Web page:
Helicopters soaked hillsides in the darkness early Wednesday in an attempt to hold off a wildfire looming in the foothills above the city.
Some 2,000 homes were threatened by the 400-acre fire that portended an early start to California’s annual wildfire siege. About 1,200 homes were evacuated.
The area’s “sundowner” winds were not especially harsh as night fell Tuesday, leaving the fire’s growth slow.
“It was very unexpected and a very pleasant surprise,” Santa Barbara County fire Capt. David Sadecki told KNBC-TV. “Last night the winds blew very hard all night long. If this had happened last night we’d be in a world of hurt.”
No structures had been lost, but flames pulled within a half-mile of some neighborhoods and there was zero containment, said county spokeswoman Pat Wheatley.
The blaze was pushed by 20-30 mph winds that calmed slightly after midnight, said National Weather Service meteorologist Jamie Meier. Gusts of up to 50 mph were felt earlier Tuesday. Winds were blowing out of the north-northwest and a wind advisory was in effect for the area until 9 a.m. Wednesday.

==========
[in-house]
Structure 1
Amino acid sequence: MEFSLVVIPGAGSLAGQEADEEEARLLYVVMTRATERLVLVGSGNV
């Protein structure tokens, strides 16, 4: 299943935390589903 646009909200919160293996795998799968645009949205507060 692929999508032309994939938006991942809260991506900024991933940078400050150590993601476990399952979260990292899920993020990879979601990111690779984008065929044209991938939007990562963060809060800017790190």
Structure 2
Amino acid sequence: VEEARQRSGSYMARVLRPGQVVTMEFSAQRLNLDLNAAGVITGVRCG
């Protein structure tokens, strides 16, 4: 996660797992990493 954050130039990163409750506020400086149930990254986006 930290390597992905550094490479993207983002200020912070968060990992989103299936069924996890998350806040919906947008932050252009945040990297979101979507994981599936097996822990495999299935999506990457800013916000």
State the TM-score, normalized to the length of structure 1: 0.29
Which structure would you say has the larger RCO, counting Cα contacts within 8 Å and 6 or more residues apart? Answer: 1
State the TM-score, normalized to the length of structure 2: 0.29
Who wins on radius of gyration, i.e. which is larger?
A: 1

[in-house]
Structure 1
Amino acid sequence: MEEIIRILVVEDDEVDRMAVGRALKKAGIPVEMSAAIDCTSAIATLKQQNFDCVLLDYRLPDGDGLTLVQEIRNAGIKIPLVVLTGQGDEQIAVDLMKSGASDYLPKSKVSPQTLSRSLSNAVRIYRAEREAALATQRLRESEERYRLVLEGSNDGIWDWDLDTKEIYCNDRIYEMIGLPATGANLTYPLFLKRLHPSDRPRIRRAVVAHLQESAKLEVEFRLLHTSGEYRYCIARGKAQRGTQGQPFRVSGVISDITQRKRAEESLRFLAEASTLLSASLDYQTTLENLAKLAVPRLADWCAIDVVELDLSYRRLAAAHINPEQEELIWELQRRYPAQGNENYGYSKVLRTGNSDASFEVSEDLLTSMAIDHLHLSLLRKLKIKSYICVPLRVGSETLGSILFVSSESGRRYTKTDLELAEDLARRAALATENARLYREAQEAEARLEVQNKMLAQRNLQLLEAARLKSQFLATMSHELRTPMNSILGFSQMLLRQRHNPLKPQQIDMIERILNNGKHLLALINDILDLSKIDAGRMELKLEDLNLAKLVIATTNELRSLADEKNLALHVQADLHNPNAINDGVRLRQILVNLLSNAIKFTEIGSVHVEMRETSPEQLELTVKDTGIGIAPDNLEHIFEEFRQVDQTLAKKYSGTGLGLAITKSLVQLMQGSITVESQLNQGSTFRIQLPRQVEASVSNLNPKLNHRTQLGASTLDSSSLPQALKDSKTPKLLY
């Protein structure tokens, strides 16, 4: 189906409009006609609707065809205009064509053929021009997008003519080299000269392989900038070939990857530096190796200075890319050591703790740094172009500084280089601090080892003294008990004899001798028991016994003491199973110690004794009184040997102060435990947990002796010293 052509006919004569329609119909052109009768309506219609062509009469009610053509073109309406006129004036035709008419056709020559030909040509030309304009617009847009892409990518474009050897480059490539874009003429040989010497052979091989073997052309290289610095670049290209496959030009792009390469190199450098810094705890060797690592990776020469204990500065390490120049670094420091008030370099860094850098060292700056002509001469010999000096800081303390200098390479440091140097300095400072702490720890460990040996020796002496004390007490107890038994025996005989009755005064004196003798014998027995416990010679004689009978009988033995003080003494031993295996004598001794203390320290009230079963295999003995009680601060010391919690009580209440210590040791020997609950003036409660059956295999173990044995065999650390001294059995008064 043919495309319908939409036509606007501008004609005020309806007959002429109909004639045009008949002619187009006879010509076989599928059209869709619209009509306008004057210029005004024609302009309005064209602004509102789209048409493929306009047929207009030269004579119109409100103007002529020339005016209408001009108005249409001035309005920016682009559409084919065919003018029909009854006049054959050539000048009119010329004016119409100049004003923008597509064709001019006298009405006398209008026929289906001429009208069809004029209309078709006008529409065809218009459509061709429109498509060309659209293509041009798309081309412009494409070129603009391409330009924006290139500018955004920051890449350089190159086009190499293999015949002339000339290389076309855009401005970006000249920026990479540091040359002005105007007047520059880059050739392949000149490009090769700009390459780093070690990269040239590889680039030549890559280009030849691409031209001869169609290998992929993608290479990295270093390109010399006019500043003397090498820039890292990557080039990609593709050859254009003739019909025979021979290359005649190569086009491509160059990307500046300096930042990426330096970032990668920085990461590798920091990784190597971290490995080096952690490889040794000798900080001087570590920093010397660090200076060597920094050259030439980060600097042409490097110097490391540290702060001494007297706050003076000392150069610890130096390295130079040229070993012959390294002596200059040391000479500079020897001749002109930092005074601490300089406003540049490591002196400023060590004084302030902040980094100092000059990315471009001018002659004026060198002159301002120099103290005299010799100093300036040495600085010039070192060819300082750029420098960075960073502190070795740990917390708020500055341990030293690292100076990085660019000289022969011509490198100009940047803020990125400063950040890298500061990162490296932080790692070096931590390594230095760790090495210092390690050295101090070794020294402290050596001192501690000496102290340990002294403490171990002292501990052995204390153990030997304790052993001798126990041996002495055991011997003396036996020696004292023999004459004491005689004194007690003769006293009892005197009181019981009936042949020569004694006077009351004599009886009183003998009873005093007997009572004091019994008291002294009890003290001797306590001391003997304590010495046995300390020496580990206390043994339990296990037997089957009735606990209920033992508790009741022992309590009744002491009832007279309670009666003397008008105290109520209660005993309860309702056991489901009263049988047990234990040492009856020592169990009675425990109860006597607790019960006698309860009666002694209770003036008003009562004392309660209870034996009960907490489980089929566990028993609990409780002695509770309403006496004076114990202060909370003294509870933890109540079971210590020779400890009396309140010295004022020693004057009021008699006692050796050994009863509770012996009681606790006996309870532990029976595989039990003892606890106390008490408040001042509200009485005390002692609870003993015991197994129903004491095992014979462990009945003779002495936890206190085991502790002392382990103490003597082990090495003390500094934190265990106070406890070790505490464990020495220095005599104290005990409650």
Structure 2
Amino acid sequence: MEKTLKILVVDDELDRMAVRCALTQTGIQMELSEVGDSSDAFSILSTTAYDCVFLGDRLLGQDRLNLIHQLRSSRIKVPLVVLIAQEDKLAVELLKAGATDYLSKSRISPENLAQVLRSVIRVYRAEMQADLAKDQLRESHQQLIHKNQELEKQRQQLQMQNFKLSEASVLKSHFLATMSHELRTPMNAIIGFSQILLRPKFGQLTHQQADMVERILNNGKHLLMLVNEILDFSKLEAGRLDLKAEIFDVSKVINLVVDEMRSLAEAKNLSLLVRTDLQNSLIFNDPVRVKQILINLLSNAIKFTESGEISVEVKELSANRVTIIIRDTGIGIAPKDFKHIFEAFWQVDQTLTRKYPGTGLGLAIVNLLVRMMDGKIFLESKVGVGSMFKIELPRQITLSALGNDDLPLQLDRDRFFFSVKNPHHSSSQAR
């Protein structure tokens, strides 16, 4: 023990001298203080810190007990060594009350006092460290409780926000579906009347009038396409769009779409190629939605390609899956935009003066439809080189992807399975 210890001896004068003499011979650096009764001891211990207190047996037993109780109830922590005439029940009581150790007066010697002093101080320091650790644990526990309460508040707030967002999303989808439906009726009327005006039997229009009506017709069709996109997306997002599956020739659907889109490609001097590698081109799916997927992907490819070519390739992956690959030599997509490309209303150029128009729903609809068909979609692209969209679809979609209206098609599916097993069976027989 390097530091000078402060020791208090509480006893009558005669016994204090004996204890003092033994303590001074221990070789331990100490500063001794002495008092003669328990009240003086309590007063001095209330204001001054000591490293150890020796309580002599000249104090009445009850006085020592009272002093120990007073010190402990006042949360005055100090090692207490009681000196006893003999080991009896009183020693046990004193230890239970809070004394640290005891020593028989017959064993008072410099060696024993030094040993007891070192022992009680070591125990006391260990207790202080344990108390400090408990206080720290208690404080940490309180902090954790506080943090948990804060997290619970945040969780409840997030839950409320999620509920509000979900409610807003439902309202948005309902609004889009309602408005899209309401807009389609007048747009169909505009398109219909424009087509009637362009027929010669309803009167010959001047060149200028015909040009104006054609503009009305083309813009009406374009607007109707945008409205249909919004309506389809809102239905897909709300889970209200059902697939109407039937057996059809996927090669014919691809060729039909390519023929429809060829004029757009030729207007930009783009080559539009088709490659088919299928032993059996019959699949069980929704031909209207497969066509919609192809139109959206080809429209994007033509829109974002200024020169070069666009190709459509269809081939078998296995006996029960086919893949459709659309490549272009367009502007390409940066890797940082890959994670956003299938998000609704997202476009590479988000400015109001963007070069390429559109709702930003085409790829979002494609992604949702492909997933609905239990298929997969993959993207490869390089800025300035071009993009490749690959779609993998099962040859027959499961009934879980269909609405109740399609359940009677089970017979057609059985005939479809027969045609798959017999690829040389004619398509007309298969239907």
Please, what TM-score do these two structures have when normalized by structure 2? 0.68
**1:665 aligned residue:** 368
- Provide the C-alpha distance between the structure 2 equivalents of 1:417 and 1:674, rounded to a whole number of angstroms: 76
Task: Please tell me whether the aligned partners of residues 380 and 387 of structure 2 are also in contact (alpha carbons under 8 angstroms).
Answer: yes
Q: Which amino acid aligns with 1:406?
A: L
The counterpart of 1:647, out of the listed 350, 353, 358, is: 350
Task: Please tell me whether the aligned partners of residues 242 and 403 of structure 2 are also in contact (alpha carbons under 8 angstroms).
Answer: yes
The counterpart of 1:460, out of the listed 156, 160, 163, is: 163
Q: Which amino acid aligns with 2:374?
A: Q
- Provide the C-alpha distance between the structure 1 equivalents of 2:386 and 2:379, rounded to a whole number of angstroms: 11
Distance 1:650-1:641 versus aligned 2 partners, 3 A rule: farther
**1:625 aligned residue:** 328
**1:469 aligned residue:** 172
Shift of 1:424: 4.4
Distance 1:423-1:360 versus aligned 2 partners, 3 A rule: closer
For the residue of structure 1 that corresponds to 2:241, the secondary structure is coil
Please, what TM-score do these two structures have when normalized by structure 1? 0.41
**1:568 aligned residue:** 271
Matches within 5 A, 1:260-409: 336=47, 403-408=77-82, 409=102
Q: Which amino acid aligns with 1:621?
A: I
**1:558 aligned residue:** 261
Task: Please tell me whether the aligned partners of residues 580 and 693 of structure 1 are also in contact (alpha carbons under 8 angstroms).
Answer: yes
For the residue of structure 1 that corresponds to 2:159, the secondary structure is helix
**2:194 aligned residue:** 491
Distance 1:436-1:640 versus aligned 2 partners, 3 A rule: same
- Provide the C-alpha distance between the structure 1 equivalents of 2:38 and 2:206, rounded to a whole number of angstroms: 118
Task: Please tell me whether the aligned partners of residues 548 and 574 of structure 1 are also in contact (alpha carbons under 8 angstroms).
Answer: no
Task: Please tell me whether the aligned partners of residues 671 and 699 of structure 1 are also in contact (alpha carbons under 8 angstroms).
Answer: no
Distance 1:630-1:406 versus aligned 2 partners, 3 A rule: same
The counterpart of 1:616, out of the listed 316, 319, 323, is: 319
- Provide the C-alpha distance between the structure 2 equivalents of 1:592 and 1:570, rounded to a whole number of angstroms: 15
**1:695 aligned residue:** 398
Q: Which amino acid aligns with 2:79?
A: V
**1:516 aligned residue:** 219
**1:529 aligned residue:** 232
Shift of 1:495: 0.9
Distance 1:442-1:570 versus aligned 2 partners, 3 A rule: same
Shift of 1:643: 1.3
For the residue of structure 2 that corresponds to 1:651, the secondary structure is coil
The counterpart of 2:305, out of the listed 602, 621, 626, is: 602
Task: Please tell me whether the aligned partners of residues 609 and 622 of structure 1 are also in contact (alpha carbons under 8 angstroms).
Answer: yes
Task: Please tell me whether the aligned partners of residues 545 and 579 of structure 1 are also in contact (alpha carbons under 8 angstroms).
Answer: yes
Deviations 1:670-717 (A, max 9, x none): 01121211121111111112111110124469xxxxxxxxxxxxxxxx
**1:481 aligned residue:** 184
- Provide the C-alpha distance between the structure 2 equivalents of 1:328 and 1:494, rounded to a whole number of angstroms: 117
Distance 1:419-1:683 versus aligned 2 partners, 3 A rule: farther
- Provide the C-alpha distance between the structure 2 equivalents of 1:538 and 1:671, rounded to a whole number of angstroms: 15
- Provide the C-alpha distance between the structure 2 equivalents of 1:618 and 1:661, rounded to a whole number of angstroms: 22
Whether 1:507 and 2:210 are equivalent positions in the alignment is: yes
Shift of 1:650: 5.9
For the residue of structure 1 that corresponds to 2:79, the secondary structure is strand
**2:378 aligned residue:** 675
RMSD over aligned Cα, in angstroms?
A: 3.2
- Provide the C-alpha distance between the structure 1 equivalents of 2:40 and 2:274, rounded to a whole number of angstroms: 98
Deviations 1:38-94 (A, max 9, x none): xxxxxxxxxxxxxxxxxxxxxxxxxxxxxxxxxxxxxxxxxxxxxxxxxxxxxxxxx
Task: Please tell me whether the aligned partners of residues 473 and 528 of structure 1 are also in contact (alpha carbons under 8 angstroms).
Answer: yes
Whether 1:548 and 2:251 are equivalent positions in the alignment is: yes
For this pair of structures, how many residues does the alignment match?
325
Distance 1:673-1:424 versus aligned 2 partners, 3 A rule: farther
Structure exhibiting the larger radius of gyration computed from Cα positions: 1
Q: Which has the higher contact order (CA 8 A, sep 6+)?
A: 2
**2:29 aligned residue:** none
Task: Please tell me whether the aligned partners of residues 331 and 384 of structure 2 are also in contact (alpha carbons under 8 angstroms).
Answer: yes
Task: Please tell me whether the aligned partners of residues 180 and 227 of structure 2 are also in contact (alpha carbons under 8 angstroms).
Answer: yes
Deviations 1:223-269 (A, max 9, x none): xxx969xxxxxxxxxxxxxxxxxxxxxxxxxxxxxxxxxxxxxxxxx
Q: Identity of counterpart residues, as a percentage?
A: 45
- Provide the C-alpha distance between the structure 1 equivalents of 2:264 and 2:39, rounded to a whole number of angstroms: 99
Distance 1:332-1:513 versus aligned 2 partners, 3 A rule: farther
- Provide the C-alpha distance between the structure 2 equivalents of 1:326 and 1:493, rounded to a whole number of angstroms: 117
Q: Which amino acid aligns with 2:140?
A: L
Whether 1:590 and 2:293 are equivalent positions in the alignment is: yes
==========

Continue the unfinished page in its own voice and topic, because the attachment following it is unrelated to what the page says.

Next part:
“There are a number of areas burning pretty vigorously in the upper Mission Canyon area. Those are the areas that are a concern right now,” said Santa Barbara City Fire spokesman John Ahlman.
The fire began Tuesday afternoon in the foothills above San Roque Canyon and quickly grew. The cause is not known, Sadecki said.
Fourteen strike teams, including 70 engines and three helicopters, battled the blaze. The helicopters, often grounded after dark, were expected to fly through the night, Sadecki said.
Mandatory evacuations were ordered for neighborhoods spanning an area about 2 1/2 miles wide, officials said.
In rural southeastern Arizona, about 20 firefighters were battling a wildfire that had burned four or five homes and injured one person. The fire had scorched about 2,000 acres of rolling grassland, dry brush and scattered trees near Fort Huachuca.